WASHINGTON — President Donald Trump, urging tougher security measures along the U.S.-Mexico border on Thursday, claimed that women "are being raped at numbers never seen before" while an immigrant caravan is heading toward the U.S.
"Yesterday, it came out where this journey coming up, women are raped at levels that nobody has ever seen before," the president said at a White House tax reform event in White Sulphur Springs, West Virginia. "They don't want to mention that, so we have to change our laws."
"Remember my opening remarks at Trump Tower...Everybody said, 'Oh, he was so tough.' I used the word 'rape,'" the president said.
That was a reference to the announcement of his bid for the White House in 2015. In that speech, Trump disparaged Mexican immigrants, claiming, "They're bringing drugs. They're bringing crime. They're rapists. And some, I assume, are good people."
On Thursday, Trump did not provide any evidence to support his claim that rapes are taking place during the caravan in Mexico of asylum-seekers, nor did he identify the source of his information. The White House did not immediately respond to a request for that information.
Buzzfeed News immigration reporter Adolfo Flores, who has been traveling with the caravan for nearly two weeks, tweeted, "To be clear I haven’t heard of anyone being raped in or around the caravan." The caravan largely ended on Thursday, nowhere near the American border.
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Later, Trump told reporters aboard Air Force One that he was considering sending 2,000 to 4,000 National Guard troops to the border, offering the first potential details about the size of the move since publicly raising the idea — which has been embraced by previous presidents, including George W. Bush and Barack Obama — on Tuesday, and signing a proclamation officially directing it the following day.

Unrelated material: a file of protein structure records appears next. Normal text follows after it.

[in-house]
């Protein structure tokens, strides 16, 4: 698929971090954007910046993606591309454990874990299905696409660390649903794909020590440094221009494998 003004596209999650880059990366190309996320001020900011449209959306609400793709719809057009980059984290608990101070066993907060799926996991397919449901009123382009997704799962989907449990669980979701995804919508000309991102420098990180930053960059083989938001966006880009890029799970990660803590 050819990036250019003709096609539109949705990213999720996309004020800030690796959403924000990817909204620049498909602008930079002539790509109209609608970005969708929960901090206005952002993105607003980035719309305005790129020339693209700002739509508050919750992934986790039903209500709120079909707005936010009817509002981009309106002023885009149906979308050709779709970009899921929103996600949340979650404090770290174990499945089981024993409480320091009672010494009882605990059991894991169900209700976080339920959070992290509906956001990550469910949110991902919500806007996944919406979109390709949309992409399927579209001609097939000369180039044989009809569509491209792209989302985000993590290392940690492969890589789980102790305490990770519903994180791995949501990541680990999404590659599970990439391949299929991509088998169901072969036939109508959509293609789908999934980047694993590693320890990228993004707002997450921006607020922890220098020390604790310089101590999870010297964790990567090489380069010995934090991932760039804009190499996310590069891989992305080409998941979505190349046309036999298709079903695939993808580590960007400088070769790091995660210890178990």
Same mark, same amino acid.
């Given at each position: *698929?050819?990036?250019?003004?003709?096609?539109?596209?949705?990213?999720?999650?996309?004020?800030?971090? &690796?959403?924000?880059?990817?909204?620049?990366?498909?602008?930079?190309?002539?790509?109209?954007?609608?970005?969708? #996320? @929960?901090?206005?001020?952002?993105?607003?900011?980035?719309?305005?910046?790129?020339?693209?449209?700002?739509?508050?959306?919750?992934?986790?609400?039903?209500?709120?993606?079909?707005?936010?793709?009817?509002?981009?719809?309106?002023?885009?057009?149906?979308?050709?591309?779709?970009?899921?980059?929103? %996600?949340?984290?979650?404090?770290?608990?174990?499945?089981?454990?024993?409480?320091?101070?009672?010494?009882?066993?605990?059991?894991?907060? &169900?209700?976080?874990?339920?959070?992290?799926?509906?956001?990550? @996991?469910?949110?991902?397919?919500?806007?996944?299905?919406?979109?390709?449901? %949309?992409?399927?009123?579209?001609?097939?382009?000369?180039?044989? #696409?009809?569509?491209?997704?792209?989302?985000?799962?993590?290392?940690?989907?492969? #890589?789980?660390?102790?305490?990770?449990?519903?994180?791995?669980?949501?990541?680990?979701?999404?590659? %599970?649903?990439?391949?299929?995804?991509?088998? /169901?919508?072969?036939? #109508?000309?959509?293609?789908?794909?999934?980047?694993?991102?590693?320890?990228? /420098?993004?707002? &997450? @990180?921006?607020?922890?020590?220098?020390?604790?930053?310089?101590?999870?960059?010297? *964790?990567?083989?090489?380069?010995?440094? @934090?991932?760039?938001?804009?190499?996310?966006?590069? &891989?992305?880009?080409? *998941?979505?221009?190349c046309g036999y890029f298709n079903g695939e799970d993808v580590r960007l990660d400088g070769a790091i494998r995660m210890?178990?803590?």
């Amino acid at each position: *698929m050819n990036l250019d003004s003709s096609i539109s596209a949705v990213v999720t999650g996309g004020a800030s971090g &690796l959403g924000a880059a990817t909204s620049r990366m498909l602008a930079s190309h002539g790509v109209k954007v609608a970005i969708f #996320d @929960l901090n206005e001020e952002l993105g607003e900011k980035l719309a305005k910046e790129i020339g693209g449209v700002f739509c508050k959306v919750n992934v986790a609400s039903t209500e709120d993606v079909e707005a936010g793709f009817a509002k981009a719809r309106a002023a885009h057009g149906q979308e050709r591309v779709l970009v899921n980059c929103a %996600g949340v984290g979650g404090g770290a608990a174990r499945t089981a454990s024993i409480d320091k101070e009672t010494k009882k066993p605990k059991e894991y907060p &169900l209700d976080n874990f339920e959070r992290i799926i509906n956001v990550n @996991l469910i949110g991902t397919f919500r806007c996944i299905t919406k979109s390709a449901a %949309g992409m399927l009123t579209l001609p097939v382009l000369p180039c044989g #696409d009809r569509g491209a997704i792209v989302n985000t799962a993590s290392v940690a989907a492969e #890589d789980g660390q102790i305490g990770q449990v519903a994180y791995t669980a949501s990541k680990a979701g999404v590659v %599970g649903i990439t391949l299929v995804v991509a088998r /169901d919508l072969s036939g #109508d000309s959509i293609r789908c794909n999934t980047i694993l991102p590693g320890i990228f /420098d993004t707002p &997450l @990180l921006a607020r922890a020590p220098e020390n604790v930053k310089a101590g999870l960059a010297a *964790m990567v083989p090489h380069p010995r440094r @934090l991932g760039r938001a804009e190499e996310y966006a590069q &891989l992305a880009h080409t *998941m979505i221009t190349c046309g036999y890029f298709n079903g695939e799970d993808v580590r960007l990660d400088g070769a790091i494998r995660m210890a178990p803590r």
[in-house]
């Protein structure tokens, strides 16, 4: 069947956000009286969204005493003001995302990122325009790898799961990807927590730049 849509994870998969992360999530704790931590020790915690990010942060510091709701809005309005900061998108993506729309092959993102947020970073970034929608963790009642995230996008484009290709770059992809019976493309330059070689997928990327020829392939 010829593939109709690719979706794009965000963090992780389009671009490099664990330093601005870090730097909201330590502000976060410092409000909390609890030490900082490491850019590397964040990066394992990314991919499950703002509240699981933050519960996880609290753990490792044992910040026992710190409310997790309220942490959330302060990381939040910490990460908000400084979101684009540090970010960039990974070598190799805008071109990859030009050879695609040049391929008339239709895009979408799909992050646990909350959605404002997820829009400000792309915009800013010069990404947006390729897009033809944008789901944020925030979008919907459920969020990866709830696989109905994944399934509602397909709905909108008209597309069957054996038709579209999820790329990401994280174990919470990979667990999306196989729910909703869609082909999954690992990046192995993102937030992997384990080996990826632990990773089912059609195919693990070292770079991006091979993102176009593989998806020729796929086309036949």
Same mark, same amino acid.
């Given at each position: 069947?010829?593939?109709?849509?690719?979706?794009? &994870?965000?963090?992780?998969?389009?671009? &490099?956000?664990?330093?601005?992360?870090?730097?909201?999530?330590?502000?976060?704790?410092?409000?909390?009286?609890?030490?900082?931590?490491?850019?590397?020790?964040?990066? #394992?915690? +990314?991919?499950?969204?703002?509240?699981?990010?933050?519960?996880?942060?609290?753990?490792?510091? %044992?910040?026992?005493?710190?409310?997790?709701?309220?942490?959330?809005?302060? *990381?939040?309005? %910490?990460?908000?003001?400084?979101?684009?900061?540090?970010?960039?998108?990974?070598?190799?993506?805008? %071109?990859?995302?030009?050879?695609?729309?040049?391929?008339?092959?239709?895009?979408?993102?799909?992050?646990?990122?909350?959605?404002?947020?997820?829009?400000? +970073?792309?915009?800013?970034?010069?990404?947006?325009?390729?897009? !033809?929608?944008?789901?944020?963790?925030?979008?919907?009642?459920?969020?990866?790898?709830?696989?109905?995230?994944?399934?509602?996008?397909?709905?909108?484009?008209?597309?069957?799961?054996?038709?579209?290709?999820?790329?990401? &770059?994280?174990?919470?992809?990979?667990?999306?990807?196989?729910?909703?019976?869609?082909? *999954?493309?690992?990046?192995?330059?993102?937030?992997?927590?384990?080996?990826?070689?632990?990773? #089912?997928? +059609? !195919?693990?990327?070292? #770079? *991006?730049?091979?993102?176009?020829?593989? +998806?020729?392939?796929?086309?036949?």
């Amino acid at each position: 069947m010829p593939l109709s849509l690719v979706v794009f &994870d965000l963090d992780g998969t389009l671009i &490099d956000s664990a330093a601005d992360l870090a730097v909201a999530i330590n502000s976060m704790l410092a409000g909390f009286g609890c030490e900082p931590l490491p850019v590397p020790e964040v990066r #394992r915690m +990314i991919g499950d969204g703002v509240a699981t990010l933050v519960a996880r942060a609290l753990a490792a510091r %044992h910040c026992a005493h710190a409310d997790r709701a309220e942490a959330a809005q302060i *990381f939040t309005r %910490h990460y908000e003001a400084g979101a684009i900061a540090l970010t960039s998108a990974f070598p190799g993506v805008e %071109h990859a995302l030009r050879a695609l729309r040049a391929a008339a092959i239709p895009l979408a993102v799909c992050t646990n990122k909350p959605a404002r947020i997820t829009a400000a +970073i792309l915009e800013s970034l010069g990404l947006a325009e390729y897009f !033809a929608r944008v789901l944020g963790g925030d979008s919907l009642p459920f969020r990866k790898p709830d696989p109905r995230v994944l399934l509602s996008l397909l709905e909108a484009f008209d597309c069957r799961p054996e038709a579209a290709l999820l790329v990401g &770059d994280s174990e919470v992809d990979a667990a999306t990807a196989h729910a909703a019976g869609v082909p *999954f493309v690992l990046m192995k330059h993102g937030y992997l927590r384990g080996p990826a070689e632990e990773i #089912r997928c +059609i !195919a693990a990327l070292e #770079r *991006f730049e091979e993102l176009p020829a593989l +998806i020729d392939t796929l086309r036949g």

Trump began the week warning of dangerous "caravans" of immigrants headed for the U.S. border with Mexico. On Tuesday, he tweeted about "the big Caravan of People from Honduras, now coming across Mexico and heading to our 'Weak Laws' Border."
Trump used the event in West Virginia Thursday, billed as a tax reform roundtable, to discuss border security, immigration and voter fraud. He also took the opportunity to hammer West Virginia's Democratic Sen. Joe Manchin, who is facing a tough re-election fight this year.
Trump's central message this week has focused on his efforts to beef up border security and illegal immigration.
"It's amazing what other countries put into the (immigration) system," the president said. "They don't put their good ones."
Trump touched upon some of the central themes he campaigned on during the 2016 election, reverting to old form when he tossed his "boring" prepared remarks behind him, opting instead to wing it.
The president celebrated his administration's tax plan, saying he chose to call it a "tax cut" plan since that language would resonate more with average Americans than tax reform.
Manchin struck back later in a statement, saying he would avoid the “political posturing back and forth” and blaming the tax plan Trump had traveled to the state to promote for rising insurance premiums.
Trump also hammered California, which has sued the federal government dozens of times since he took office, on issues ranging from voting rights to immigration.
"In many places, like California, the same person votes many times," he said. "They always like to say, 'Oh, that's a conspiracy theory.' Not a conspiracy theory, folks. Millions and millions of people."
Trump has not offered any evidence to support his longtime claim that millions of immigrants voted illegally in the 2016 election.
With his White House victory rarely far from his mind, Trump praised West Virginia for its support.
"I just want to congratulate the state of West Virginia because I'm so proud of you," he said of the state where he defeated Clinton by more than 40 points. "You were with me from day one. From day one."